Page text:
Forestry could be included in emissions trading from 2013, experts believe. According to the Stern Report, the sector holds great potential since deforestation contributes more to global warming than transport.

The UN Framework Convention of Climate Change (UNFCCC) currently does not foresee concrete actions to include forestry in global-warming mitigation measures. But this could soon change, with the growing recognition of deforestation as a major contributor to global warming.

Sir Nicholas Stern's Report on the economics of climate change came to a stunning conclusion: the loss of natural forests around the world contributes more to global warming emissions than the transport sector. Deforestation is an issue chiefly outside Europe (South America, Asia). According to the Finnish Forest Industries Federation, the loss of forests globally is fourteen million hectares per year. But in Europe and North America, forests are growing at a rate of around one million hectares per year.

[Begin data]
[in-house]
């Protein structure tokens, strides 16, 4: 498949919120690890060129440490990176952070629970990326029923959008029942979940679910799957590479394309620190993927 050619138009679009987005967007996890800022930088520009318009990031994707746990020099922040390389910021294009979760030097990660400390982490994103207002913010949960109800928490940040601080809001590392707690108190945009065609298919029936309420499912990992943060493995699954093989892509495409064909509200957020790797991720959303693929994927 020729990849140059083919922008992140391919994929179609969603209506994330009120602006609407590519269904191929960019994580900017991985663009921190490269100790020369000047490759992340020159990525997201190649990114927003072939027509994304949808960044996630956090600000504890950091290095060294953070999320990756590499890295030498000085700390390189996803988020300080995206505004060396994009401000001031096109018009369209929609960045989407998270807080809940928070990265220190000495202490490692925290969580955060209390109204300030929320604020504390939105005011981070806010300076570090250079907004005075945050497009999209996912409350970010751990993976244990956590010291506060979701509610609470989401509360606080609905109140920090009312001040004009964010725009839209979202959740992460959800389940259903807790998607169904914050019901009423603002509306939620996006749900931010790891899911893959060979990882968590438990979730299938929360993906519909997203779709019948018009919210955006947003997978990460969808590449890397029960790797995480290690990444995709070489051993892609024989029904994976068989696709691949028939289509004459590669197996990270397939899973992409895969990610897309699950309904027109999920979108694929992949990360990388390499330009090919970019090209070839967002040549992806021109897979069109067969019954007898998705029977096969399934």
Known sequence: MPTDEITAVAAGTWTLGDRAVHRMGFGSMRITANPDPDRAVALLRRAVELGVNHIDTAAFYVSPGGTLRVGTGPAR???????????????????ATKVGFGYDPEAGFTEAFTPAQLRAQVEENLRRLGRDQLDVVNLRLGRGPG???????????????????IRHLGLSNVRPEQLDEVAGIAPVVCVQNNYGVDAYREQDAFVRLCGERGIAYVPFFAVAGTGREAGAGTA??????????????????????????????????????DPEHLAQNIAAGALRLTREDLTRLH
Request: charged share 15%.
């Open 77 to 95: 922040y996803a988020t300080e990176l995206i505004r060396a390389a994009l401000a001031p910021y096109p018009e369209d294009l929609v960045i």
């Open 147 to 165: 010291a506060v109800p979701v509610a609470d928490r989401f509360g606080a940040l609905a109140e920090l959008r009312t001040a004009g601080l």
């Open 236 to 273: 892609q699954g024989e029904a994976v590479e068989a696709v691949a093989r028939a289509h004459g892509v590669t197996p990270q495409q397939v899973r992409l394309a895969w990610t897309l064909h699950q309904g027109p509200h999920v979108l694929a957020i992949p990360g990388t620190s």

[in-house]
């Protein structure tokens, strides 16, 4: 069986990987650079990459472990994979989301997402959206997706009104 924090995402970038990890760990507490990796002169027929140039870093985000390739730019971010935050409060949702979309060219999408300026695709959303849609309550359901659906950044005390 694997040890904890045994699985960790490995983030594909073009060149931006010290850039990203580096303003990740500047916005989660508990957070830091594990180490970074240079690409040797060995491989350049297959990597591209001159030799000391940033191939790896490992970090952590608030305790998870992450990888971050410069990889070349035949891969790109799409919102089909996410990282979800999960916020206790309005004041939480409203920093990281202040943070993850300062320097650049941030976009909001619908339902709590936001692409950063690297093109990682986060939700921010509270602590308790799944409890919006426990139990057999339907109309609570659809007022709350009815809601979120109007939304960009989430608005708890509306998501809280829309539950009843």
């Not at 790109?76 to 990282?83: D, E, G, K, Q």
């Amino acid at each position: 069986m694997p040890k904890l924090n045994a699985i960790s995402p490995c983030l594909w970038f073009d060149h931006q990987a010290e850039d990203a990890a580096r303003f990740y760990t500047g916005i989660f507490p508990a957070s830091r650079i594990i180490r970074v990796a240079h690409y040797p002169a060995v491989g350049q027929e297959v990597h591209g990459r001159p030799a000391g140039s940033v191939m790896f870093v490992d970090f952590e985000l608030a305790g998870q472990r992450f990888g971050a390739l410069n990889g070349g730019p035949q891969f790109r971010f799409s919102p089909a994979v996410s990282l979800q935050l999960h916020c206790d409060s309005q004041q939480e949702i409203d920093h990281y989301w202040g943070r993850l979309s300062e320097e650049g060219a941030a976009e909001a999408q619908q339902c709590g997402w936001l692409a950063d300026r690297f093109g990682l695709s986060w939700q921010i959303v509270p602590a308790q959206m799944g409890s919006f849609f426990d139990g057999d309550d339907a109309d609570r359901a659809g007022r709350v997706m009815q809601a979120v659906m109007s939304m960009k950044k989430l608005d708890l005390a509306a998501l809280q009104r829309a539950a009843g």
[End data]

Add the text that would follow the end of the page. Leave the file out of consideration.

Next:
The conference of the parties to the UNFCCC agreed in November 2006 to explore a proposal by Brazil that would provide incentives to reduce deforestation emissions in developing countries. The issue will be further explored in March 2007 at a meeting in Bonn. A review of the Kyoto Protocol is scheduled to take place in 2008.


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